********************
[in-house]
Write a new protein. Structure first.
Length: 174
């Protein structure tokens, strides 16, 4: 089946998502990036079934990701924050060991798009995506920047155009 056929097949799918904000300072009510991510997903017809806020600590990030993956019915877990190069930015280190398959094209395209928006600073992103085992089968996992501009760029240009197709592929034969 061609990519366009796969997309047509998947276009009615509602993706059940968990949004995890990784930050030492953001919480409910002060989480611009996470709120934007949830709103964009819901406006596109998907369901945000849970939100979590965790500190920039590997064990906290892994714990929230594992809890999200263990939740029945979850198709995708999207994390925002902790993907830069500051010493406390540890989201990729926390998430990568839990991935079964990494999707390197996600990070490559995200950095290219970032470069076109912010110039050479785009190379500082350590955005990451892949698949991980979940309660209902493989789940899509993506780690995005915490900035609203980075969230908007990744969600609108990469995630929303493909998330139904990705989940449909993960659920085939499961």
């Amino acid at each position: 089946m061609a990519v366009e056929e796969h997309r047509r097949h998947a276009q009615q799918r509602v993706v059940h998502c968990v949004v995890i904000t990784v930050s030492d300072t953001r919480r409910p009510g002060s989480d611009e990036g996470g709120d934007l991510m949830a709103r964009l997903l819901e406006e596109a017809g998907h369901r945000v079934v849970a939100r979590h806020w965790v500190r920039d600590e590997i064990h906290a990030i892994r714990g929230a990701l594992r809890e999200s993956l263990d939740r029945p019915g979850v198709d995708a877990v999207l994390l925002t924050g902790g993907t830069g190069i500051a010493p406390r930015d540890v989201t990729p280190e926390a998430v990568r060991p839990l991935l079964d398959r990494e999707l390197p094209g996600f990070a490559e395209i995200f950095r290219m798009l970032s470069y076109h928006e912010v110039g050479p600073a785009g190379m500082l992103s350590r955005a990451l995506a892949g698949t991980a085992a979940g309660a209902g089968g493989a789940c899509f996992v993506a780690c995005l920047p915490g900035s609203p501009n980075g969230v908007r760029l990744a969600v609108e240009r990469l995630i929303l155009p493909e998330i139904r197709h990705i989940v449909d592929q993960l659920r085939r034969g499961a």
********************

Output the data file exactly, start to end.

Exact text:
[in-house]
Write a new protein. Structure first.
Length: 174
């Protein structure tokens, strides 16, 4: 089946998502990036079934990701924050060991798009995506920047155009 056929097949799918904000300072009510991510997903017809806020600590990030993956019915877990190069930015280190398959094209395209928006600073992103085992089968996992501009760029240009197709592929034969 061609990519366009796969997309047509998947276009009615509602993706059940968990949004995890990784930050030492953001919480409910002060989480611009996470709120934007949830709103964009819901406006596109998907369901945000849970939100979590965790500190920039590997064990906290892994714990929230594992809890999200263990939740029945979850198709995708999207994390925002902790993907830069500051010493406390540890989201990729926390998430990568839990991935079964990494999707390197996600990070490559995200950095290219970032470069076109912010110039050479785009190379500082350590955005990451892949698949991980979940309660209902493989789940899509993506780690995005915490900035609203980075969230908007990744969600609108990469995630929303493909998330139904990705989940449909993960659920085939499961």
């Amino acid at each position: 089946m061609a990519v366009e056929e796969h997309r047509r097949h998947a276009q009615q799918r509602v993706v059940h998502c968990v949004v995890i904000t990784v930050s030492d300072t953001r919480r409910p009510g002060s989480d611009e990036g996470g709120d934007l991510m949830a709103r964009l997903l819901e406006e596109a017809g998907h369901r945000v079934v849970a939100r979590h806020w965790v500190r920039d600590e590997i064990h906290a990030i892994r714990g929230a990701l594992r809890e999200s993956l263990d939740r029945p019915g979850v198709d995708a877990v999207l994390l925002t924050g902790g993907t830069g190069i500051a010493p406390r930015d540890v989201t990729p280190e926390a998430v990568r060991p839990l991935l079964d398959r990494e999707l390197p094209g996600f990070a490559e395209i995200f950095r290219m798009l970032s470069y076109h928006e912010v110039g050479p600073a785009g190379m500082l992103s350590r955005a990451l995506a892949g698949t991980a085992a979940g309660a209902g089968g493989a789940c899509f996992v993506a780690c995005l920047p915490g900035s609203p501009n980075g969230v908007r760029l990744a969600v609108e240009r990469l995630i929303l155009p493909e998330i139904r197709h990705i989940v449909d592929q993960l659920r085939r034969g499961a």